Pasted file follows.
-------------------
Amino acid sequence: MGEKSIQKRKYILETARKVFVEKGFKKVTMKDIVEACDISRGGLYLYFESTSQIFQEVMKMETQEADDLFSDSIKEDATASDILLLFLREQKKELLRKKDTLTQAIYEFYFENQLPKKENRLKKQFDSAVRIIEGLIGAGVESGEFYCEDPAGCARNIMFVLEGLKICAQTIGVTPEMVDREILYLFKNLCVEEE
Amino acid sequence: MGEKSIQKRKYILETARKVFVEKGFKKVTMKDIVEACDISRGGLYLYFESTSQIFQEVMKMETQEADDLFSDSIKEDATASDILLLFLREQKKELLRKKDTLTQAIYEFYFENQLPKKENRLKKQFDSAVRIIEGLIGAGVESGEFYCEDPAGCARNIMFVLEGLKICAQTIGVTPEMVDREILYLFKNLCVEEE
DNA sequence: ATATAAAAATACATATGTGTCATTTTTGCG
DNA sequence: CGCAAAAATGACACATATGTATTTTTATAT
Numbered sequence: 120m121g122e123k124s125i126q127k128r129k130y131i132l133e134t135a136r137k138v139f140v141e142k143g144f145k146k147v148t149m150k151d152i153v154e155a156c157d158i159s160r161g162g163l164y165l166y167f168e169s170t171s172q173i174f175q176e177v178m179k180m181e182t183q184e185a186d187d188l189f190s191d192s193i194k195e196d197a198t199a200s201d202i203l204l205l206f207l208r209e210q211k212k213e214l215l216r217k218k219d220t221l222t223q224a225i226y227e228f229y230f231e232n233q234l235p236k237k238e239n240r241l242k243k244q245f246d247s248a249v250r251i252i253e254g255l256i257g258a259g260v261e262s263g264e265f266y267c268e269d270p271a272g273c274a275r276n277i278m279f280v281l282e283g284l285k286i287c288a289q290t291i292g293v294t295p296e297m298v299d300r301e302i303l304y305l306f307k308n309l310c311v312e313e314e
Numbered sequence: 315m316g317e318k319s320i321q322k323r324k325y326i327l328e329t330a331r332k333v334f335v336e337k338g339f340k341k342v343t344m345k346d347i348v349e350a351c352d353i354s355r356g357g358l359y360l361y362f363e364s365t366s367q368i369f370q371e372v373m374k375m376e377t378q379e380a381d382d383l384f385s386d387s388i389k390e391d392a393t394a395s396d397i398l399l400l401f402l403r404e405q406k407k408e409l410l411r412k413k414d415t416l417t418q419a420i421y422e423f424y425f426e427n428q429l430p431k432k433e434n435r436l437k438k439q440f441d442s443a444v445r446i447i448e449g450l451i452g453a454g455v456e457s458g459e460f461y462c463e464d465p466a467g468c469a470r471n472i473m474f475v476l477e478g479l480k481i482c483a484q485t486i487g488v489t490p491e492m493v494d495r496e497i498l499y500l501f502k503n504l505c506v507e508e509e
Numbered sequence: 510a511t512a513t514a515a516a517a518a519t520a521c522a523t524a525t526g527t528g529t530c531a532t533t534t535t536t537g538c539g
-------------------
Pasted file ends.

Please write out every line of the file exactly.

Amino acid sequence: MGEKSIQKRKYILETARKVFVEKGFKKVTMKDIVEACDISRGGLYLYFESTSQIFQEVMKMETQEADDLFSDSIKEDATASDILLLFLREQKKELLRKKDTLTQAIYEFYFENQLPKKENRLKKQFDSAVRIIEGLIGAGVESGEFYCEDPAGCARNIMFVLEGLKICAQTIGVTPEMVDREILYLFKNLCVEEE
Amino acid sequence: MGEKSIQKRKYILETARKVFVEKGFKKVTMKDIVEACDISRGGLYLYFESTSQIFQEVMKMETQEADDLFSDSIKEDATASDILLLFLREQKKELLRKKDTLTQAIYEFYFENQLPKKENRLKKQFDSAVRIIEGLIGAGVESGEFYCEDPAGCARNIMFVLEGLKICAQTIGVTPEMVDREILYLFKNLCVEEE
DNA sequence: ATATAAAAATACATATGTGTCATTTTTGCG
DNA sequence: CGCAAAAATGACACATATGTATTTTTATAT
Numbered sequence: 120m121g122e123k124s125i126q127k128r129k130y131i132l133e134t135a136r137k138v139f140v141e142k143g144f145k146k147v148t149m150k151d152i153v154e155a156c157d158i159s160r161g162g163l164y165l166y167f168e169s170t171s172q173i174f175q176e177v178m179k180m181e182t183q184e185a186d187d188l189f190s191d192s193i194k195e196d197a198t199a200s201d202i203l204l205l206f207l208r209e210q211k212k213e214l215l216r217k218k219d220t221l222t223q224a225i226y227e228f229y230f231e232n233q234l235p236k237k238e239n240r241l242k243k244q245f246d247s248a249v250r251i252i253e254g255l256i257g258a259g260v261e262s263g264e265f266y267c268e269d270p271a272g273c274a275r276n277i278m279f280v281l282e283g284l285k286i287c288a289q290t291i292g293v294t295p296e297m298v299d300r301e302i303l304y305l306f307k308n309l310c311v312e313e314e
Numbered sequence: 315m316g317e318k319s320i321q322k323r324k325y326i327l328e329t330a331r332k333v334f335v336e337k338g339f340k341k342v343t344m345k346d347i348v349e350a351c352d353i354s355r356g357g358l359y360l361y362f363e364s365t366s367q368i369f370q371e372v373m374k375m376e377t378q379e380a381d382d383l384f385s386d387s388i389k390e391d392a393t394a395s396d397i398l399l400l401f402l403r404e405q406k407k408e409l410l411r412k413k414d415t416l417t418q419a420i421y422e423f424y425f426e427n428q429l430p431k432k433e434n435r436l437k438k439q440f441d442s443a444v445r446i447i448e449g450l451i452g453a454g455v456e457s458g459e460f461y462c463e464d465p466a467g468c469a470r471n472i473m474f475v476l477e478g479l480k481i482c483a484q485t486i487g488v489t490p491e492m493v494d495r496e497i498l499y500l501f502k503n504l505c506v507e508e509e
Numbered sequence: 510a511t512a513t514a515a516a517a518a519t520a521c522a523t524a525t526g527t528g529t530c531a532t533t534t535t536t537g538c539g